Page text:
Ted Nugent at House of Blues, 8/22/2013

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Photos by Jim Bricker
Ted Nugent
House of Blues
August 22, 2013

Music and politics go hand in hand. Ever since the first person put lyrics to a beat, politics have been involved. Ted Nugent and politics also go hand in hand, which was obvious from the moment he hit the stage at House of Blues Thursday night.

Armed with a three-piece backing band, Nugent brought his politics and music to Houston last night, and for a good hour and 45 minutes the adoring crowd ate up every single minute of it. There were two different performances during the show -- the music side, which featured some of the best playing I've seen in a while, and the political side, which surely had a lot to say.

I'm fortunate enough to enjoy the beginning of most shows I attend in the photo pit, which gives me unprecedented viewing of every artist I see. While I'm usually busy taking pictures, sometimes a band just makes me stop what I'm doing, drop my camera and stare with a gaping jaw. Nugent and his band did just that. They played their hearts out with every note they dropped.

It was somewhat of a spectacle watching what these four guys were doing onstage. I haven't seen a band play with this much intent in such a long time that it was somewhat refreshing.

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I'm not sure what I expected walking into HOB last night, but it assuredly wasn't what I received from Nugent and company's performance. I guess I originally went for the humor of it all, but I didn't once laugh once I was there. Yeah, the crowd was just what you'd expect -- probably calling a ranch their home and Duck Dynasty tuned into their televisions on most days -- but they were there because they loved the music. And the music was there.

Of course they played "Cat Scratch Fever" and "Stranglehold," which closed out the set back to back, but the real magic came from the 15 or so songs they played beforehand. "Gonzo" opened up the curtains with the band illuminated in bright white light and clouded in smoke, while "Wango Tango" was a pulsating 15-minute rocker.

"Turn It Up" did just what its title asked, and the crowd, mostly being men in their mid-fifties with black bowling shirts and rubber-banded ponytails, were raising not only one but both arms in the air in appreciation.

"Free For All" and "Stormtroopin'" were killers, but it was "Wang Dang Sweet Poontang," which Nugent described as "a song for the ladies," that was the hottest of the night. His love for hunting is something he's far from shy about, and that was evident in the tune "Fred Bear," a song about his old friend who was particularly influential in his love for the sport. The show finished with "Great White Buffalo," a fitting closer considering the beautiful white-buffalo guitar Nugent was rocking throughout the song.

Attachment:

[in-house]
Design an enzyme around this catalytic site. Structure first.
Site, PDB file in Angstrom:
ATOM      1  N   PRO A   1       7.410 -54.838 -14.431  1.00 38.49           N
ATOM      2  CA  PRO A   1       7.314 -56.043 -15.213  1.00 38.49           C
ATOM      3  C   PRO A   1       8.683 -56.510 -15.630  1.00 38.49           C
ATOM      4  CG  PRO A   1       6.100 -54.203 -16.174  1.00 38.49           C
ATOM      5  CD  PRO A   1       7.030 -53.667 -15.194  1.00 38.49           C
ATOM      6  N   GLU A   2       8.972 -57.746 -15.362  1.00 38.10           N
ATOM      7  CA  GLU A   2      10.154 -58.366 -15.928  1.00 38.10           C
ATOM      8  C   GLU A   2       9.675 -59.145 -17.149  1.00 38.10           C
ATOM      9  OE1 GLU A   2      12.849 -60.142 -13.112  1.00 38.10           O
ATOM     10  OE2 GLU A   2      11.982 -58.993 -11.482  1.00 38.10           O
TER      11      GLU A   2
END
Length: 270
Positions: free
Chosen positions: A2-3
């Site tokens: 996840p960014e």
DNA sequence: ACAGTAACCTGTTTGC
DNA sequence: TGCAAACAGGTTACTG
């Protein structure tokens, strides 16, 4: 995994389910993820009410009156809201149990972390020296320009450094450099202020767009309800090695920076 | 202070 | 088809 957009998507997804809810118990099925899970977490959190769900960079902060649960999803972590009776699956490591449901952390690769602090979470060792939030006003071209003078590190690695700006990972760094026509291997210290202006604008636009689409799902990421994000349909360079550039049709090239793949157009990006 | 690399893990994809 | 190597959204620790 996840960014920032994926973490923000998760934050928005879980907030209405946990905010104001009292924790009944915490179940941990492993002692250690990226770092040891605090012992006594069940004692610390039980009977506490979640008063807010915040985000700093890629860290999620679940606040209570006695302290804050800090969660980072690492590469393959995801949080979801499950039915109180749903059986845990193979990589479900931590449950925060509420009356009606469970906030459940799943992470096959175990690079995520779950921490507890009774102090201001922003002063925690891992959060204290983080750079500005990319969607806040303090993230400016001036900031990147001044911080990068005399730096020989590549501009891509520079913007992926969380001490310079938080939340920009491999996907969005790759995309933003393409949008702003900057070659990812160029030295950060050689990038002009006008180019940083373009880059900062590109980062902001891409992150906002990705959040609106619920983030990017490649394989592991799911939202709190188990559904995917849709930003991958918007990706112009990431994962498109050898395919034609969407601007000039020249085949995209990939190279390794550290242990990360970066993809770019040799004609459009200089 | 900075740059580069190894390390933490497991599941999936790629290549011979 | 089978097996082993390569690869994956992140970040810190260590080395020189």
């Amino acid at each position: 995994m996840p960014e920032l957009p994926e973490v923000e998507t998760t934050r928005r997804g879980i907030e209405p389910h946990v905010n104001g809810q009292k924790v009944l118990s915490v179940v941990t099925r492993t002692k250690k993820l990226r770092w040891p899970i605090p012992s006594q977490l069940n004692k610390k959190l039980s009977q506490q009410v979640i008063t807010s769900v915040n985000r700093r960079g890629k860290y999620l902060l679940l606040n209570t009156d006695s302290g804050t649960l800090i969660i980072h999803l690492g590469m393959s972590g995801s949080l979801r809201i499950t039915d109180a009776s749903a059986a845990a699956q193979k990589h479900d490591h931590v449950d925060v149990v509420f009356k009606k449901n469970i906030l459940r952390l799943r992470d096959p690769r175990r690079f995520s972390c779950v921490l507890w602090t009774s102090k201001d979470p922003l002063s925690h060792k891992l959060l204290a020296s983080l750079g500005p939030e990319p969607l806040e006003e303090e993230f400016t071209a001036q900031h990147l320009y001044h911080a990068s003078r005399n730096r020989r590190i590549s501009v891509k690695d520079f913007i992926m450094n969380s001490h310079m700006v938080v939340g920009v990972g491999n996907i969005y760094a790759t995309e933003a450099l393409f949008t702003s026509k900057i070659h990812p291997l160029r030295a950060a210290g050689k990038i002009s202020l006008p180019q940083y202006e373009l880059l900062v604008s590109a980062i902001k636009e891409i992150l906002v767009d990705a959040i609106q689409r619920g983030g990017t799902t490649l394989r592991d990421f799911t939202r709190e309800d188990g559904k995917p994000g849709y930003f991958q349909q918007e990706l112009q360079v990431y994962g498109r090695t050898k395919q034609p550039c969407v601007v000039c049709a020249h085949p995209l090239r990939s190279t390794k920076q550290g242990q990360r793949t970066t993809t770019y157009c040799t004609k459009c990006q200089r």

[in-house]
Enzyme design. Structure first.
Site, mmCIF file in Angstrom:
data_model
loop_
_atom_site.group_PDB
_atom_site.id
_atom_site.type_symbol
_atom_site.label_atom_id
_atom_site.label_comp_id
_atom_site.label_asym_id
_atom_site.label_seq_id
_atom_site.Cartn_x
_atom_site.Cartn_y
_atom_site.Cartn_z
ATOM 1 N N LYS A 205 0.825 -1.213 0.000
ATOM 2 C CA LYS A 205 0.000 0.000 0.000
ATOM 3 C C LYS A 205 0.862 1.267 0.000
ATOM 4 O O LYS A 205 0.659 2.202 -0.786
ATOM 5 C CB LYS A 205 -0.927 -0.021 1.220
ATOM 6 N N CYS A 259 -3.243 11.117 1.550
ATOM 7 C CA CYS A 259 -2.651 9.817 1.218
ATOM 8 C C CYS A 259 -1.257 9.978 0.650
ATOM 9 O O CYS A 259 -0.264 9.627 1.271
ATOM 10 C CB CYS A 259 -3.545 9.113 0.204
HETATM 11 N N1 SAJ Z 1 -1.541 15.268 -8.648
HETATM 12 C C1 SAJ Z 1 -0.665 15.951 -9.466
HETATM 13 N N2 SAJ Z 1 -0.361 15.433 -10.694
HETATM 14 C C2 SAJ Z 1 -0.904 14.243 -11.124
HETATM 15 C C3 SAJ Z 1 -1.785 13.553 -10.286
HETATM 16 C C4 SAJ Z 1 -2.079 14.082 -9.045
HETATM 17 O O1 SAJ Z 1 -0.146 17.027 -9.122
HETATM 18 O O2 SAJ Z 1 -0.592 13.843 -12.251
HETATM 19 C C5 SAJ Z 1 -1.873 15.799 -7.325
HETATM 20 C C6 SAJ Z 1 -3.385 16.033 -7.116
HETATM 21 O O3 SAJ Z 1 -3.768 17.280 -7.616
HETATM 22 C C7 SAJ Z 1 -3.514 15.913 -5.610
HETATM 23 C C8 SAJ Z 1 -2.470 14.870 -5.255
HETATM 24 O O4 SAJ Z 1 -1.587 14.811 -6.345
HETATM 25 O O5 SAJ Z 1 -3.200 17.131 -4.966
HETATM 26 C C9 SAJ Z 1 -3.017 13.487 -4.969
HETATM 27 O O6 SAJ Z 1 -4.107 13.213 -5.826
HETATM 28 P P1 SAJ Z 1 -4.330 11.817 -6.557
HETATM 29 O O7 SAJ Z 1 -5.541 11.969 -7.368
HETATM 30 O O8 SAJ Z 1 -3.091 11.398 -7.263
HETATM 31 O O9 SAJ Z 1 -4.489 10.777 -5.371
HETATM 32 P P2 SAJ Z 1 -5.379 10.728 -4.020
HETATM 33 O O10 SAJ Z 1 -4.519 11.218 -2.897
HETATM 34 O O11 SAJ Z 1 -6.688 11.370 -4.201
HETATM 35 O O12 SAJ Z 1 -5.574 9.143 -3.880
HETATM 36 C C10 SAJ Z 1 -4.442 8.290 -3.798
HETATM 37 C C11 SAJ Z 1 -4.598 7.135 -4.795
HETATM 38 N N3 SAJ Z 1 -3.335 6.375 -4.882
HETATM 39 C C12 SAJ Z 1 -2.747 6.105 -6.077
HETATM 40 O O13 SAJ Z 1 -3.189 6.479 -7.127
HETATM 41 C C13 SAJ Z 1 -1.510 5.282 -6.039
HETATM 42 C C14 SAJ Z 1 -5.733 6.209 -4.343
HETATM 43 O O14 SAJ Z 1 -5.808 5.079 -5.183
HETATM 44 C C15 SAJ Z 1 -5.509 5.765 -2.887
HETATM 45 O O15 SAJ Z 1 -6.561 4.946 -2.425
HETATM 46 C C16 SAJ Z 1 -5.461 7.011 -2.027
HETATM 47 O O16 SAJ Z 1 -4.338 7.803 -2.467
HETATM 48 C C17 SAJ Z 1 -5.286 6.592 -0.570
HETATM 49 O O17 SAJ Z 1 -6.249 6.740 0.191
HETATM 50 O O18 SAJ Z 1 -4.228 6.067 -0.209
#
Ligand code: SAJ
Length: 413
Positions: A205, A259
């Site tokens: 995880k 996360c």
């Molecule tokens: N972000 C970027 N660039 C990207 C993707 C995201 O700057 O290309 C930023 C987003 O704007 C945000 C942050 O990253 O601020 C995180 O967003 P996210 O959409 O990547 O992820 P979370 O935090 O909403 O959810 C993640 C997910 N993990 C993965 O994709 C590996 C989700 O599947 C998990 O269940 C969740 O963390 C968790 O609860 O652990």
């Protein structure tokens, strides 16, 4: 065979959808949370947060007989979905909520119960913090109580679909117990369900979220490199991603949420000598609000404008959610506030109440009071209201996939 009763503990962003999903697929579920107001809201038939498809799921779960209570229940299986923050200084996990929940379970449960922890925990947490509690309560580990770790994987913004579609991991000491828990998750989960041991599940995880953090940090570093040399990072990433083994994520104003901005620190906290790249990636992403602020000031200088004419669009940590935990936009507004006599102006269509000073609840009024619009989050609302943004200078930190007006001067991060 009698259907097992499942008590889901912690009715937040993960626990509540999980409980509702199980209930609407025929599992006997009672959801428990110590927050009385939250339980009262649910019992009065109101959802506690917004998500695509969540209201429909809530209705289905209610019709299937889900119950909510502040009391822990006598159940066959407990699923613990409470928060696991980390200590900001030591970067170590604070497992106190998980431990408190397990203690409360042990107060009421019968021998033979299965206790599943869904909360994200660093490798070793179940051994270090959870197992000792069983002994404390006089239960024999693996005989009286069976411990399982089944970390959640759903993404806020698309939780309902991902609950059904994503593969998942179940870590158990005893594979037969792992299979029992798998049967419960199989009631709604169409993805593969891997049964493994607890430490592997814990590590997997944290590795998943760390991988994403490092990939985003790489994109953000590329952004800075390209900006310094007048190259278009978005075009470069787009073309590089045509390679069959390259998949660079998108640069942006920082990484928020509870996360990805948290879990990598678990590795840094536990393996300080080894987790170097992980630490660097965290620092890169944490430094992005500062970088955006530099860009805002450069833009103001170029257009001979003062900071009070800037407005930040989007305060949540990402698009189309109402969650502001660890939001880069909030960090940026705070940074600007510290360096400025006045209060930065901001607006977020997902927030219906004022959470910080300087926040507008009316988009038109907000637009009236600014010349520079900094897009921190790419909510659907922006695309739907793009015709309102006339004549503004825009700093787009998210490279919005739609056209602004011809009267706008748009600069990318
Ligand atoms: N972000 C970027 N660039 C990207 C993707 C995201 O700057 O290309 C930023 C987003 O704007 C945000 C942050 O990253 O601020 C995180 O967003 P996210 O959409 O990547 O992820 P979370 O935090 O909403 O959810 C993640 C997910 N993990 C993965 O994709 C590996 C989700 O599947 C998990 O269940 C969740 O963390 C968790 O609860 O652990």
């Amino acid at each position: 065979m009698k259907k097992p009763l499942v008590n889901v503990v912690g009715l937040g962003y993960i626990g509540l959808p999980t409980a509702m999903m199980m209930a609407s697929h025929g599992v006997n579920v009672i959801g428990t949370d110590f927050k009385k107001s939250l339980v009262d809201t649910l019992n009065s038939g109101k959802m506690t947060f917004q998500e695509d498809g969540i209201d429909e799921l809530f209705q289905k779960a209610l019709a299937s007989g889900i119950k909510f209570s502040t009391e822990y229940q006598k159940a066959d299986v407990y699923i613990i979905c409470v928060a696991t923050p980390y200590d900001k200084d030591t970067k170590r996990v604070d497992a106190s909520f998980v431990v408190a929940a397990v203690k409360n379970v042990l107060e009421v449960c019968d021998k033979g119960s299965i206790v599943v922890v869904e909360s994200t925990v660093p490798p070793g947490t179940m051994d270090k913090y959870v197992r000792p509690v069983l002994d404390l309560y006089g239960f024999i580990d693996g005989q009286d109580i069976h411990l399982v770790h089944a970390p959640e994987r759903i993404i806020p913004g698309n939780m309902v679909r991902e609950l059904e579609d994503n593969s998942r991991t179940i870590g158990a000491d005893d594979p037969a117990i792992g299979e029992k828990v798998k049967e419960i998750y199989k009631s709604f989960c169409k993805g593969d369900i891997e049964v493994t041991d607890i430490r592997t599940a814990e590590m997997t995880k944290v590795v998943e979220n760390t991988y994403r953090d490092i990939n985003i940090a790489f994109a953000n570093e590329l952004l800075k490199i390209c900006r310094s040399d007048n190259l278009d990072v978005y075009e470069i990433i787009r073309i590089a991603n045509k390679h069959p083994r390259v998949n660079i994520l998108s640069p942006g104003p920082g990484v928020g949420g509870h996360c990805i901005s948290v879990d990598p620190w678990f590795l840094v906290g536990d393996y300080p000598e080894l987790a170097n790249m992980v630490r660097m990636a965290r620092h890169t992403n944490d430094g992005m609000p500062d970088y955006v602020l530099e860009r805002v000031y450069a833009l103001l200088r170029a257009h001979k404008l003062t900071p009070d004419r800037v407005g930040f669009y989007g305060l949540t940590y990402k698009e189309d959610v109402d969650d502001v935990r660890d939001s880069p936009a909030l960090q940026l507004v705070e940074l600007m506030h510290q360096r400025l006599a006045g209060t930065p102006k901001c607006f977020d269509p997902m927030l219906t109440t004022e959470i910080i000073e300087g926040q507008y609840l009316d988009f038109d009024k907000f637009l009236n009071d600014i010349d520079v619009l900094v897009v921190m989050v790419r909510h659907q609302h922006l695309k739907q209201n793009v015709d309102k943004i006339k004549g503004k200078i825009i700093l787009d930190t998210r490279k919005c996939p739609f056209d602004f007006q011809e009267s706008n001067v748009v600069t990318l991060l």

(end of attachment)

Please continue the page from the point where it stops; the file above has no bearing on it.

Review continues on the next page.

Location Info

House of Blues

1204 Caroline, Houston, TX

Category: Music


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16 comments
Anse
Anse

If you ever get a chance to interview him, ask him for tips on how to wash feces out of underpants. I know some folks who expect to use natural diapers when their kid comes along. Ted is no doubt an expert on this topic.

GlenW
GlenW

Almost every time Ted plays H-town the Press writes a review that makes me think that could enjoy his show, but then the writer is good enough to mention Ted's rants, and then I remember why I won't give that a-hole a freaking dime.

WhiteLightning
WhiteLightning

Never mattered all that much, even less now. Agree with caricature characterization. Moving along...

Chad Hale
Chad Hale

Tony, #1 what happened to the Dixi chicks was their own undoing. They had the fans and great sales. They spoke out against Bush not long following 9/11 so of course America turned against them. #2 Nugent made NO death threats as confirmed by the Secret Service. Yes, he and many others attack Obamas job as president. He has broken constitutional law more than one can count. There is no fault voicing how bad of a job Obama is doing especially when it's true. Add this little excerpt to the Dixi Chicks I found in a news story: "It is being reported that the Dixie Chicks will split up after the Grammy awards and for most country music fans that will be a relief. Natalie Maines has been very vocal in her distaste not only for President Bush and the Iraq war but also for some icons in country music such as Reba McIntire and Toby Keith. Martie Maquire and Emily Robinson has claimed that they are leaving to focus on great mothers but the inside scuttle butt says they are just tired of being on the receiving end of the hate mail, death threats and career destroying backlash caused by Maines habit of sticking her foot in all of their mouths."

T.j. Dubz
T.j. Dubz

I'm just kidding. I don't like his politics or his music.

Lisa Hardgrove
Lisa Hardgrove

I can think of 100 better guitarists than Ted Nugent, all of whom are far less obnoxious as well.

Francisco Muñiz-Belmares
Francisco Muñiz-Belmares

>but you gotta admit No. No I do not. He's a forgettable musician and his recent vomiting of opinions helps in burying his musical "legacy". His talents get easily lost in his idiotic antics. He is a caricature of what one can consider an old & bitter musician.

T.j. Dubz
T.j. Dubz

What if I like his politics but think his music is shit?

Dan James
Dan James

Ah... Ted Nugent, The Motor City Motor Mouth. This guy is effen poster boy for the saying, "Shut up and play yer guitar!"

MadMac
MadMac topcommenter

Me too but not enough to labor through the Chron's website.

Anse
Anse

@Chad Hale Well, fans of songs with titles like "Wang Dang Sweet Poontang" are surely the best intellectual minds the Right has to offer. I can't imagine why Ted doesn't just run for office.

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